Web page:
Long Island, NY is about to join the dozen or so US jurisdictions that have a feed-in tariff (FiT).
Long Island Power Authority (LIPA), the local utility, is getting ready to implement the “CLEAN Solar Initiative,” pending approval of its Board of Trustees.
Starting July 1, CLEAN will pay a fixed rate of 22 cents per kilowatt-hour for 20 years from on-site solar systems. The goal is to add 50 megawatts (MW) of commercial-scale solar – the pilot Fit continues through 2013.
These long term power purchase contracts will be available for solar systems between 50 kilowatts (kW) and 500 kW, mid-sized installations that often fall through the cracks. They are too big for residential systems, which have net metering incentives and too small for utility-scale developers.
One the program reaches the 50 MW cap, or in 2014, LIPA will decide whether to keep, tweak or expand the initiative. The program is funded by a $0.45 cents charge on customer utility bills.
Governor Cuomo has called for NY State to quadruple on-site solar by 2013, and the state’s Renewable Portfolio Standard requires 30% from renewables by 2015.
Long Island has 4,571 residential and 609 commercial solar systems. BP Solar built Long Island’s sole utility-scale solar plant, a 32 MW system (164,312 modules) at the US Dept of Energy’s Brookhaven National Lab, the largest on the East Coast. An additional 18 MW are being installed as solar carports in various locations in Suffolk County.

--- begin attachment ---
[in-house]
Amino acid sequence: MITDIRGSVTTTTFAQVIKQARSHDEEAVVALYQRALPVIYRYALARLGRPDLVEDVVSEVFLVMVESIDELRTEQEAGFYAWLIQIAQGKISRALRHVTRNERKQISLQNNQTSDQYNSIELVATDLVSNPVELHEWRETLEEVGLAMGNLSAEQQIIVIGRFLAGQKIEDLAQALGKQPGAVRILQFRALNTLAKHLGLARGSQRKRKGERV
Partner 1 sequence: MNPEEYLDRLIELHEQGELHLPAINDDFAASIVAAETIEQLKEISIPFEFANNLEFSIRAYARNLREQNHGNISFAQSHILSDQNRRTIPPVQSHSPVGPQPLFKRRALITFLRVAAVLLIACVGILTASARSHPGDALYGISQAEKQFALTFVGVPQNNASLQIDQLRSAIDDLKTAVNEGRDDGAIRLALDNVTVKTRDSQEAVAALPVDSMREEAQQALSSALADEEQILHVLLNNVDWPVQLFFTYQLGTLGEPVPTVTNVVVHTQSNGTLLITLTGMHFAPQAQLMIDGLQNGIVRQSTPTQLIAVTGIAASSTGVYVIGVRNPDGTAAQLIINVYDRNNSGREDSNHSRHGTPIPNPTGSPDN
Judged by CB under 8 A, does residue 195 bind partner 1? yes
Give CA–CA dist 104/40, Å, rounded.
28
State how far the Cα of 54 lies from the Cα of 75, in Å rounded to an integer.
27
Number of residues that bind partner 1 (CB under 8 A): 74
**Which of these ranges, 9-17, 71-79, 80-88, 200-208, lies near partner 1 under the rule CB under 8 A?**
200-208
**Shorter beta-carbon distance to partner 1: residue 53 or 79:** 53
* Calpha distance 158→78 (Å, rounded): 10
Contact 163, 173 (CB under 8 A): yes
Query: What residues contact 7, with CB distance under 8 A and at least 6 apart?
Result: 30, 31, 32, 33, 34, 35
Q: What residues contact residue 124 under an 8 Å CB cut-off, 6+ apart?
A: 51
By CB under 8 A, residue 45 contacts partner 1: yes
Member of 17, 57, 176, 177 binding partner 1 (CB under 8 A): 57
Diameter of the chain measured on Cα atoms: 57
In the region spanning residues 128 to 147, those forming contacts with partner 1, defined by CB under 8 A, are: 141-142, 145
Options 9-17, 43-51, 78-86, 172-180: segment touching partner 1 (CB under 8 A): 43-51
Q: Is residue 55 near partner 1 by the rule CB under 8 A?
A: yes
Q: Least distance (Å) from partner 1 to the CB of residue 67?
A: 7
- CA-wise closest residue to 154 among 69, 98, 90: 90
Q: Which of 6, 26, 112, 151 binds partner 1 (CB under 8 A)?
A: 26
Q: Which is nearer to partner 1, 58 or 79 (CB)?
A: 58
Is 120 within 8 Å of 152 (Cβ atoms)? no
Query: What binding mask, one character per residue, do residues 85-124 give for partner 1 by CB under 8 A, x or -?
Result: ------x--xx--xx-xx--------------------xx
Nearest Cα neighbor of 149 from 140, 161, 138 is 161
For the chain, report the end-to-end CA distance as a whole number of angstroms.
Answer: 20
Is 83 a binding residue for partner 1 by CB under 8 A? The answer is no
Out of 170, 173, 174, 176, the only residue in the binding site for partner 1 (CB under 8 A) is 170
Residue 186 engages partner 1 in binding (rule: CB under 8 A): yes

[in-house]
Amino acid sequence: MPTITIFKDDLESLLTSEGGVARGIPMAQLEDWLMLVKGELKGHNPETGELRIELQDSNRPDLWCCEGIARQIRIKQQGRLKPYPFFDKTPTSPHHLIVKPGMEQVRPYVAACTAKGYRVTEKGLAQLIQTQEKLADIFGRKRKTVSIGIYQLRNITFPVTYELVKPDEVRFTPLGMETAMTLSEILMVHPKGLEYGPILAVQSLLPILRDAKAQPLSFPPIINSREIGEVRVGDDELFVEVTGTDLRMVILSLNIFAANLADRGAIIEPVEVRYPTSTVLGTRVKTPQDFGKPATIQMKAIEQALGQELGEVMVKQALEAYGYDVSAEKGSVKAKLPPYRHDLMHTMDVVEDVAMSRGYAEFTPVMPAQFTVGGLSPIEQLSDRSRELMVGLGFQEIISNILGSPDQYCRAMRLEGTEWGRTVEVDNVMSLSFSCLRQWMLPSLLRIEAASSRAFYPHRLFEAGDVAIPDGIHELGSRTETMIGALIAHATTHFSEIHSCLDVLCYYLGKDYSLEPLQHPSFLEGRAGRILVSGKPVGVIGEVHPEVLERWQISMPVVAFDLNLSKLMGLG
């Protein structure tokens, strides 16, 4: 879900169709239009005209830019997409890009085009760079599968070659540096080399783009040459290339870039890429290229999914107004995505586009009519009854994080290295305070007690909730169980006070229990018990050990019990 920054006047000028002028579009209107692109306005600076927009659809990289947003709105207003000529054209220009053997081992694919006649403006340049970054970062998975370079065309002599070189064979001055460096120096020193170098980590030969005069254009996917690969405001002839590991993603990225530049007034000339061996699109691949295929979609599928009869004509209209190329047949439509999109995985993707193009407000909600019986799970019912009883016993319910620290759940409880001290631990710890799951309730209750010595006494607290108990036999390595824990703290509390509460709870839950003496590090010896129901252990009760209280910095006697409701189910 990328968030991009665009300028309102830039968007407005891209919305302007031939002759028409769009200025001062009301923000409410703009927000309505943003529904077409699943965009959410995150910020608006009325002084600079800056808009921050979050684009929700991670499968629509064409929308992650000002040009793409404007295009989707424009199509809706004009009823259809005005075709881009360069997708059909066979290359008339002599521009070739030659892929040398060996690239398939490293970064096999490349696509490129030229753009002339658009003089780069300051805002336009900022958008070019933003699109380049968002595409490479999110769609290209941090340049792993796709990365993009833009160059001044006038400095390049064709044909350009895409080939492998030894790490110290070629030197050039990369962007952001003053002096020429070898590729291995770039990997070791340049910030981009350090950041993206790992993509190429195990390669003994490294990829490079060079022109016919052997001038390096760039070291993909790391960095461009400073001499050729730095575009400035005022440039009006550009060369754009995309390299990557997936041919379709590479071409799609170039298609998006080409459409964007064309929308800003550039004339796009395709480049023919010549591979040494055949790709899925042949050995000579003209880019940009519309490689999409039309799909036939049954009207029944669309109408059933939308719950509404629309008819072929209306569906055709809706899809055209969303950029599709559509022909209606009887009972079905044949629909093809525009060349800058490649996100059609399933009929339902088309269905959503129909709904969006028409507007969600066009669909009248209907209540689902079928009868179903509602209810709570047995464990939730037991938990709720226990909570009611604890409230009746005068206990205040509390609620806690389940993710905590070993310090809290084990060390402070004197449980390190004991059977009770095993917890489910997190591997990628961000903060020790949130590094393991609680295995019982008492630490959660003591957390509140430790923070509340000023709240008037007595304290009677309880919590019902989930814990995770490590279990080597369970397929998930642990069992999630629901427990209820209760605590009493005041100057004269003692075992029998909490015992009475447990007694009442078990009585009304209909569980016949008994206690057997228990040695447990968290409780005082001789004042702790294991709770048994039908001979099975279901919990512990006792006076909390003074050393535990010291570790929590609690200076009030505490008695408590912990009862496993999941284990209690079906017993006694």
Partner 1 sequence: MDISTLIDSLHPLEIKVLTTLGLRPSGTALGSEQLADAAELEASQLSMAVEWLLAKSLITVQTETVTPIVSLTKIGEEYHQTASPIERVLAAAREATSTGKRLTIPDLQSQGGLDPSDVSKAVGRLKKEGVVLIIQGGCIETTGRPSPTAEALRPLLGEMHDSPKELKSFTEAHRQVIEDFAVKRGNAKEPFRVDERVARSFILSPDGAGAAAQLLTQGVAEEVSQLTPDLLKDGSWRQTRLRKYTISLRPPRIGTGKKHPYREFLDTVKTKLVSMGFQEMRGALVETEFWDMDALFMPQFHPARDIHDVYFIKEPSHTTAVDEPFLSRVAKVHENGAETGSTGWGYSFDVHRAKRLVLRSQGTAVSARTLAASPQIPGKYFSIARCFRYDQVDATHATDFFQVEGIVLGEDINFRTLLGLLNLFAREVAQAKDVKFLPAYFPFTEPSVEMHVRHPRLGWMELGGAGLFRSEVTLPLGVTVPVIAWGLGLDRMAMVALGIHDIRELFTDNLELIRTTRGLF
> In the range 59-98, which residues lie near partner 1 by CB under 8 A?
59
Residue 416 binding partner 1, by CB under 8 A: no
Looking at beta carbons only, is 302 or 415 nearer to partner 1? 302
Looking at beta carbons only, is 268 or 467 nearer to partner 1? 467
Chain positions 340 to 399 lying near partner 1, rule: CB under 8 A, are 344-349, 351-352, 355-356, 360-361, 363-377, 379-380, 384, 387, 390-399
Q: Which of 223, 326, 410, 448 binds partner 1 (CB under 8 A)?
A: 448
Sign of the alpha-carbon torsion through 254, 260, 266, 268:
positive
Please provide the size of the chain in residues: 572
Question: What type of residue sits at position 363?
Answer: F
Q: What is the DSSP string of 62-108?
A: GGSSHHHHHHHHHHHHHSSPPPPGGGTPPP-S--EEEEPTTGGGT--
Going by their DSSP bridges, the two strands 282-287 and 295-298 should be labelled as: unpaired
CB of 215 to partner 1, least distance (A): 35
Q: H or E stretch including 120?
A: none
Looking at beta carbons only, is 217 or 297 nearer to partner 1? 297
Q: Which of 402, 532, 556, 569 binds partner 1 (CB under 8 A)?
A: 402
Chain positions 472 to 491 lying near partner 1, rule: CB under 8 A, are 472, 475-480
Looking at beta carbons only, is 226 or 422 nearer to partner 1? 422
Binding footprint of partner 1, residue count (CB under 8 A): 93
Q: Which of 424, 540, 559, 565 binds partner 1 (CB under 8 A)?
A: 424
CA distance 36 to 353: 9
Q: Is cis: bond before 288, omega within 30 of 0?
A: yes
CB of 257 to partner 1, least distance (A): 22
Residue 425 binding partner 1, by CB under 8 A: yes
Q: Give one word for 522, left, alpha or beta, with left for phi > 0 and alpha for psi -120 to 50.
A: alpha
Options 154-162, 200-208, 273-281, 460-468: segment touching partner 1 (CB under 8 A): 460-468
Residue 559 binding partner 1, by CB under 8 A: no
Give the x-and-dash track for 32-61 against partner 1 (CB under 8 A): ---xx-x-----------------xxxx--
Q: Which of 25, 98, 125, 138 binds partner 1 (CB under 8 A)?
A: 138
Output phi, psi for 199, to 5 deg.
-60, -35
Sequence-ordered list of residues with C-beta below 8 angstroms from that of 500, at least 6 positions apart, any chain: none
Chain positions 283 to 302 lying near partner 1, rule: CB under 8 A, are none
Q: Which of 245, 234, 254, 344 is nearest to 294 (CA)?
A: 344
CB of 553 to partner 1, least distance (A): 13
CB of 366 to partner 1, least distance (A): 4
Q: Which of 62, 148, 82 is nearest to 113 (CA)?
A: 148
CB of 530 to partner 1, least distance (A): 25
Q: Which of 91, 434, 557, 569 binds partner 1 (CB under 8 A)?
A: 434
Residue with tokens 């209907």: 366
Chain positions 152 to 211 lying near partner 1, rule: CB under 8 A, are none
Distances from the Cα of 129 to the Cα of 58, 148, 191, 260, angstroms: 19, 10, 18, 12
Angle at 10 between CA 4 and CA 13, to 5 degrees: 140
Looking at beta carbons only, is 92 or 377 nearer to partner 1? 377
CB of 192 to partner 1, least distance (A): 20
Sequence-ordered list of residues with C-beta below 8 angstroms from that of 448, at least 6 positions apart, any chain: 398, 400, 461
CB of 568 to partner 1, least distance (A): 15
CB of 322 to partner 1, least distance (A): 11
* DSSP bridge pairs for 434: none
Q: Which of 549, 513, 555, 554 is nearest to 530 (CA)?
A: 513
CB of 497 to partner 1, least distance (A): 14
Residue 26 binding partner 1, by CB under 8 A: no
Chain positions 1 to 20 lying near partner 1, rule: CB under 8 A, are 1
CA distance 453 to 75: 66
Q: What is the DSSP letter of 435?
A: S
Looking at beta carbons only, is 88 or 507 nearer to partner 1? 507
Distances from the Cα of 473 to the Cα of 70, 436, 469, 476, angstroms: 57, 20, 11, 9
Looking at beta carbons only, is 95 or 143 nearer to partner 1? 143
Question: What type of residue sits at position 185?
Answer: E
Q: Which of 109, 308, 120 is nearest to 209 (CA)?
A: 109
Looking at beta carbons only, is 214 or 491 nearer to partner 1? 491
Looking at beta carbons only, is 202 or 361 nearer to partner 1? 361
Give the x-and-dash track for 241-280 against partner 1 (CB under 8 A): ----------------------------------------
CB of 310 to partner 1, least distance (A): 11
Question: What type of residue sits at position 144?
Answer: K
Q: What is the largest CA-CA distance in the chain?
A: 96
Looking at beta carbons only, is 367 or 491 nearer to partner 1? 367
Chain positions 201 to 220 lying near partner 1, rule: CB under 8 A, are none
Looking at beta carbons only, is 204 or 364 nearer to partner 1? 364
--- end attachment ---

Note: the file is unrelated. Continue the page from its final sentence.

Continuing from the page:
Streamlined Solar Permitting
Many towns on Long Island have also adopted a “Unified Solar Permitting Initiative,” which streamlines the permitting process for installing solar.
All 10 towns and six villages in Suffolk County have adopted it along with nine villages in Nassau County.
Different regulations in each town and village creates confusion, delays and extra costs – the new standardized process that requires less paperwork makes it much easier for solar installations to move forward.
Read more about FiTs, which are now being called CLEAN programs in the US:
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